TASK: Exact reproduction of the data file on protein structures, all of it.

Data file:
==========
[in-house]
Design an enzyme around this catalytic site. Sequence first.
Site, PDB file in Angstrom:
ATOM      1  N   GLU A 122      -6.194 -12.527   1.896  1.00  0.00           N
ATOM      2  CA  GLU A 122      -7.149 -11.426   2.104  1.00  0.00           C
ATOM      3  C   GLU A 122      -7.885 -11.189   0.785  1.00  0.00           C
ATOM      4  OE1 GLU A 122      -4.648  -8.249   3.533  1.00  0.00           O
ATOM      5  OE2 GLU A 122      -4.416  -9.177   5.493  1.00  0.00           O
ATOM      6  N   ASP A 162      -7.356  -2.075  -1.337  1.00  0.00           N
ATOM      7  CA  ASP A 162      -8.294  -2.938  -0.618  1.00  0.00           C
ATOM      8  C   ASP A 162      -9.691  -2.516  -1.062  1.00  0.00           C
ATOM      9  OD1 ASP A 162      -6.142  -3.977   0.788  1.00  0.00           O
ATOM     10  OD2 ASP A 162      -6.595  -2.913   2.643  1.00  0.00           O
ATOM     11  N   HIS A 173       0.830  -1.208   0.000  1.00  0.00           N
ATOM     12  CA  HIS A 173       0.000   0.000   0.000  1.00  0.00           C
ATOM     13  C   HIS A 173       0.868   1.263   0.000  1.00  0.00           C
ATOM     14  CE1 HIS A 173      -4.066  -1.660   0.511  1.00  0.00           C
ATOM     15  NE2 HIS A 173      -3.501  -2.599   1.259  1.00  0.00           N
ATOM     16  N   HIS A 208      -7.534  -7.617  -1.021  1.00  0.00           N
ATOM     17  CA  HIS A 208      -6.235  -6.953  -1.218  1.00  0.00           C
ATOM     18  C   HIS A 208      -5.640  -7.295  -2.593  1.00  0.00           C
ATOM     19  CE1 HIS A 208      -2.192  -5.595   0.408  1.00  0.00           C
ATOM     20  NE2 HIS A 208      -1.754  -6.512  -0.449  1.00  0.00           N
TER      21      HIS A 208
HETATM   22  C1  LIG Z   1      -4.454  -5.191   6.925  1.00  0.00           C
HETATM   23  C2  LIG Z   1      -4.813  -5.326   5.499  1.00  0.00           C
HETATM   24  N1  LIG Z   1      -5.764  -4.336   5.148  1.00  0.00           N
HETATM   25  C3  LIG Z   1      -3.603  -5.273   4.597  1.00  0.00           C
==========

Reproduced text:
[in-house]
Design an enzyme around this catalytic site. Sequence first.
Site, PDB file in Angstrom:
ATOM      1  N   GLU A 122      -6.194 -12.527   1.896  1.00  0.00           N
ATOM      2  CA  GLU A 122      -7.149 -11.426   2.104  1.00  0.00           C
ATOM      3  C   GLU A 122      -7.885 -11.189   0.785  1.00  0.00           C
ATOM      4  OE1 GLU A 122      -4.648  -8.249   3.533  1.00  0.00           O
ATOM      5  OE2 GLU A 122      -4.416  -9.177   5.493  1.00  0.00           O
ATOM      6  N   ASP A 162      -7.356  -2.075  -1.337  1.00  0.00           N
ATOM      7  CA  ASP A 162      -8.294  -2.938  -0.618  1.00  0.00           C
ATOM      8  C   ASP A 162      -9.691  -2.516  -1.062  1.00  0.00           C
ATOM      9  OD1 ASP A 162      -6.142  -3.977   0.788  1.00  0.00           O
ATOM     10  OD2 ASP A 162      -6.595  -2.913   2.643  1.00  0.00           O
ATOM     11  N   HIS A 173       0.830  -1.208   0.000  1.00  0.00           N
ATOM     12  CA  HIS A 173       0.000   0.000   0.000  1.00  0.00           C
ATOM     13  C   HIS A 173       0.868   1.263   0.000  1.00  0.00           C
ATOM     14  CE1 HIS A 173      -4.066  -1.660   0.511  1.00  0.00           C
ATOM     15  NE2 HIS A 173      -3.501  -2.599   1.259  1.00  0.00           N
ATOM     16  N   HIS A 208      -7.534  -7.617  -1.021  1.00  0.00           N
ATOM     17  CA  HIS A 208      -6.235  -6.953  -1.218  1.00  0.00           C
ATOM     18  C   HIS A 208      -5.640  -7.295  -2.593  1.00  0.00           C
ATOM     19  CE1 HIS A 208      -2.192  -5.595   0.408  1.00  0.00           C
ATOM     20  NE2 HIS A 208      -1.754  -6.512  -0.449  1.00  0.00           N
TER      21      HIS A 208
HETATM   22  C1  LIG Z   1      -4.454  -5.191   6.925  1.00  0.00           C
HETATM   23  C2  LIG Z   1      -4.813  -5.326   5.499  1.00  0.00           C
HETATM   24  N1  LIG Z   1      -5.764  -4.336   5.148  1.00  0.00           N
HETATM   25  C3  LIG Z   1      -3.603  -5.273   4.597  1.00  0.00           C